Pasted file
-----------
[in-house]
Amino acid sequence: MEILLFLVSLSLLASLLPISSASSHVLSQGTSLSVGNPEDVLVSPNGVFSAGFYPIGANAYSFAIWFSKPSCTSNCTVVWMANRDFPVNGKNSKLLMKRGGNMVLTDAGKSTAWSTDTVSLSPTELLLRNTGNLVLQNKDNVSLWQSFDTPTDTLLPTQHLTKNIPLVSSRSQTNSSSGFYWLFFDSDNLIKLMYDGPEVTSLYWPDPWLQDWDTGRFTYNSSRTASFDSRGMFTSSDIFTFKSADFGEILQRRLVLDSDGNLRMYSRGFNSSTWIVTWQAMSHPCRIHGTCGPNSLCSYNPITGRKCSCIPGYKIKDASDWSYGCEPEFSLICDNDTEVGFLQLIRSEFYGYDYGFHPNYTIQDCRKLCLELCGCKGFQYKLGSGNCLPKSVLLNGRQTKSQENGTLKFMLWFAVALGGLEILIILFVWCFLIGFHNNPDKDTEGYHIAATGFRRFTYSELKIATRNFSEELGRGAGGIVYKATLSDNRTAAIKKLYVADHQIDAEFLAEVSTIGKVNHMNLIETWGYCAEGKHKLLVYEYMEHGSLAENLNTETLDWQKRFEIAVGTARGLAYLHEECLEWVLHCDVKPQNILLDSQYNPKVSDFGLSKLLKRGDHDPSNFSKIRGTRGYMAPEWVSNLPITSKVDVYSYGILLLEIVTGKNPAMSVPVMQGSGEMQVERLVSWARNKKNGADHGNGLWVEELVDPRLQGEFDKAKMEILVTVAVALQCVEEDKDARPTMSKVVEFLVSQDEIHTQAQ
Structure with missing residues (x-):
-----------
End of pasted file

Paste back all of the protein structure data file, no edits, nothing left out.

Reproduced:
[in-house]
Amino acid sequence: MEILLFLVSLSLLASLLPISSASSHVLSQGTSLSVGNPEDVLVSPNGVFSAGFYPIGANAYSFAIWFSKPSCTSNCTVVWMANRDFPVNGKNSKLLMKRGGNMVLTDAGKSTAWSTDTVSLSPTELLLRNTGNLVLQNKDNVSLWQSFDTPTDTLLPTQHLTKNIPLVSSRSQTNSSSGFYWLFFDSDNLIKLMYDGPEVTSLYWPDPWLQDWDTGRFTYNSSRTASFDSRGMFTSSDIFTFKSADFGEILQRRLVLDSDGNLRMYSRGFNSSTWIVTWQAMSHPCRIHGTCGPNSLCSYNPITGRKCSCIPGYKIKDASDWSYGCEPEFSLICDNDTEVGFLQLIRSEFYGYDYGFHPNYTIQDCRKLCLELCGCKGFQYKLGSGNCLPKSVLLNGRQTKSQENGTLKFMLWFAVALGGLEILIILFVWCFLIGFHNNPDKDTEGYHIAATGFRRFTYSELKIATRNFSEELGRGAGGIVYKATLSDNRTAAIKKLYVADHQIDAEFLAEVSTIGKVNHMNLIETWGYCAEGKHKLLVYEYMEHGSLAENLNTETLDWQKRFEIAVGTARGLAYLHEECLEWVLHCDVKPQNILLDSQYNPKVSDFGLSKLLKRGDHDPSNFSKIRGTRGYMAPEWVSNLPITSKVDVYSYGILLLEIVTGKNPAMSVPVMQGSGEMQVERLVSWARNKKNGADHGNGLWVEELVDPRLQGEFDKAKMEILVTVAVALQCVEEDKDARPTMSKVVEFLVSQDEIHTQAQ
Structure with missing residues (x-):